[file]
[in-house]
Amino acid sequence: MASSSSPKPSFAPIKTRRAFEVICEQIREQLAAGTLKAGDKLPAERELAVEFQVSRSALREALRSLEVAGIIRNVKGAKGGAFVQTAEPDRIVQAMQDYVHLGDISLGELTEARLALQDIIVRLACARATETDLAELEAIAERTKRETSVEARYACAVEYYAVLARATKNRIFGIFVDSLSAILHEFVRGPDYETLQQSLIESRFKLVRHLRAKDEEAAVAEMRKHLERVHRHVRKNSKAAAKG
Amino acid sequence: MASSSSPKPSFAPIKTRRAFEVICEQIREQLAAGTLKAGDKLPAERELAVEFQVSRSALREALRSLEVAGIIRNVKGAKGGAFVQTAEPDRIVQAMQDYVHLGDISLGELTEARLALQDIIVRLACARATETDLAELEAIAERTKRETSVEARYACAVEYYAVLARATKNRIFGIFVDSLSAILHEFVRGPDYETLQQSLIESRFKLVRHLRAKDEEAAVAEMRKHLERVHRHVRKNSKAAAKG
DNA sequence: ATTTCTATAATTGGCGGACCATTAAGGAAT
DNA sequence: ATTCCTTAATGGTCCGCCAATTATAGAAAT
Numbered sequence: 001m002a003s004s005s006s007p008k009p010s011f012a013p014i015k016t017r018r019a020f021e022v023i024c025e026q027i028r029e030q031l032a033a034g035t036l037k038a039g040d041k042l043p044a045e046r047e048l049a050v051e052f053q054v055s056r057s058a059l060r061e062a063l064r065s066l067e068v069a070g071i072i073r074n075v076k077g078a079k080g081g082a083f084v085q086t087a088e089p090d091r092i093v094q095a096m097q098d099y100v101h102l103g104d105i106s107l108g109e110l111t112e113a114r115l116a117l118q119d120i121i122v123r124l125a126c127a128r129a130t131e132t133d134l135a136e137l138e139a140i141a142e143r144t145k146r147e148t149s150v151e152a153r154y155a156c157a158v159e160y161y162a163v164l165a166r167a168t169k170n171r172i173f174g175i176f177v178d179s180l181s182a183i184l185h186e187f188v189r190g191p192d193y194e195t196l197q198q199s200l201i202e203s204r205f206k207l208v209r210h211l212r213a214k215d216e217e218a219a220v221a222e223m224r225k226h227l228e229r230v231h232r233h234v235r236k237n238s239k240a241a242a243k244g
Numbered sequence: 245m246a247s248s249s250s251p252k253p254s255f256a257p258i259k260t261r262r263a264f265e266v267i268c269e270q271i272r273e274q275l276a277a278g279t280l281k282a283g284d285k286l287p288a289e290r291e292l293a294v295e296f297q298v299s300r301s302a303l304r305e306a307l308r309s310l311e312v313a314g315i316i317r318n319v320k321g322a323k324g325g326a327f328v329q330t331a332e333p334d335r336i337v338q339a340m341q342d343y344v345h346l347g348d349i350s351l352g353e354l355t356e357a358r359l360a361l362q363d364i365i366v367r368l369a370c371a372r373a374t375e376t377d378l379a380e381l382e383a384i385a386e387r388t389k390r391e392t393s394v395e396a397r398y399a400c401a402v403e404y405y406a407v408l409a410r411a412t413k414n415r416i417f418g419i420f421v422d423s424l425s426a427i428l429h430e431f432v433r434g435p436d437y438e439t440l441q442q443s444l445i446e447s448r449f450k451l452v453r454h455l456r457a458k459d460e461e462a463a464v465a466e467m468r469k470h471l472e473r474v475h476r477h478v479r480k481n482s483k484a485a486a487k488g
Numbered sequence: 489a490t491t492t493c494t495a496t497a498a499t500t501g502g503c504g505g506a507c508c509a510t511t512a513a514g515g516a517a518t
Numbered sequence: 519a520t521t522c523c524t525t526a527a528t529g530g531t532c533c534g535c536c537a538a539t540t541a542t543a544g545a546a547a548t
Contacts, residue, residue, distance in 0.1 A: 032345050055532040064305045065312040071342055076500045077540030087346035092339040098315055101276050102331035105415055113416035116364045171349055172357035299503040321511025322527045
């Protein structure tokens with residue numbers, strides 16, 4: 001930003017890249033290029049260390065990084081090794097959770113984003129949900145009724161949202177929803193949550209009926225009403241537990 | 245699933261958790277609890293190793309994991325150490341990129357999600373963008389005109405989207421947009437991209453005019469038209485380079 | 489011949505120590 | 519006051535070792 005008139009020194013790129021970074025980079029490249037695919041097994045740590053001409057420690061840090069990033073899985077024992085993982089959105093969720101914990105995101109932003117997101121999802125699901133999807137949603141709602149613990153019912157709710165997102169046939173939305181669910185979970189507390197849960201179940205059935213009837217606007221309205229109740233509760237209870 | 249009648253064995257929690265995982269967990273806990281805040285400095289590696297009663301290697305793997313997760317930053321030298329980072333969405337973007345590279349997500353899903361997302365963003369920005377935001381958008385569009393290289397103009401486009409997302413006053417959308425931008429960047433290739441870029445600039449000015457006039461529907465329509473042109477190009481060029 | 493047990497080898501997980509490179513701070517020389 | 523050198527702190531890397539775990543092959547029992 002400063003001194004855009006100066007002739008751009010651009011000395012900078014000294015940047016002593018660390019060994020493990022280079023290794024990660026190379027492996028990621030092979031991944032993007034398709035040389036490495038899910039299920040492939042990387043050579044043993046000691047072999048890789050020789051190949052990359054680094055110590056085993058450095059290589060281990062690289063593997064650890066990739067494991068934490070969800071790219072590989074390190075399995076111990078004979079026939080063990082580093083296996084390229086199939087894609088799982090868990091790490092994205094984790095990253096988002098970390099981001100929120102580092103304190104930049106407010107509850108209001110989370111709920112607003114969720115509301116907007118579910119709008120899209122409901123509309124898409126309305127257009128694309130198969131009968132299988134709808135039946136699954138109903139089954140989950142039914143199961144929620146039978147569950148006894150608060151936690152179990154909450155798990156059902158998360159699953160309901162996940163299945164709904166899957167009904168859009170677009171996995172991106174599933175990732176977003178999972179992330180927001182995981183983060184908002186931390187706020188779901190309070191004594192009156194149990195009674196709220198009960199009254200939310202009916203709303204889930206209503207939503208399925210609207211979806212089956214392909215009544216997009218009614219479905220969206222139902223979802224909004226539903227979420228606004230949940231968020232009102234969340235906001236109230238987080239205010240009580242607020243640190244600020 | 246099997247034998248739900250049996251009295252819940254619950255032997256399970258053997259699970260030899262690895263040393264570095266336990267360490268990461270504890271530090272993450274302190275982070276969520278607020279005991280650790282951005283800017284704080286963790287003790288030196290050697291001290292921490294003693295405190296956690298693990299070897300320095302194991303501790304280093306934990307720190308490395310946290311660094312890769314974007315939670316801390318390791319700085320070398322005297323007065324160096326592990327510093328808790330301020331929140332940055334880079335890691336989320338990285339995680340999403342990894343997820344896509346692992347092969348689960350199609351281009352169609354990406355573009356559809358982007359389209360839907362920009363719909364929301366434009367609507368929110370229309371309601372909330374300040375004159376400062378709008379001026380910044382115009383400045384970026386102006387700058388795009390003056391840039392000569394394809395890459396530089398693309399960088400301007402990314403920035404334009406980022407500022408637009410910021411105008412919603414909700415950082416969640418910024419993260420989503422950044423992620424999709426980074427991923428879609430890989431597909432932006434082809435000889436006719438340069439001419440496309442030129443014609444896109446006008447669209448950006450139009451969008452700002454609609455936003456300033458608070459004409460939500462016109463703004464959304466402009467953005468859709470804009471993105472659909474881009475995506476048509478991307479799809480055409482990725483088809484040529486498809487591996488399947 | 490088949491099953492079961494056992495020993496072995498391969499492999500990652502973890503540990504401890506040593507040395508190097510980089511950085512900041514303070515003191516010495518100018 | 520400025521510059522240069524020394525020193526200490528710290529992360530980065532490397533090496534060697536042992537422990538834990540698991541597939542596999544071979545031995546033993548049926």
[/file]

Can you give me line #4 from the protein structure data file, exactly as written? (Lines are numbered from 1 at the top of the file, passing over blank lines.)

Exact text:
DNA sequence: ATTTCTATAATTGGCGGACCATTAAGGAAT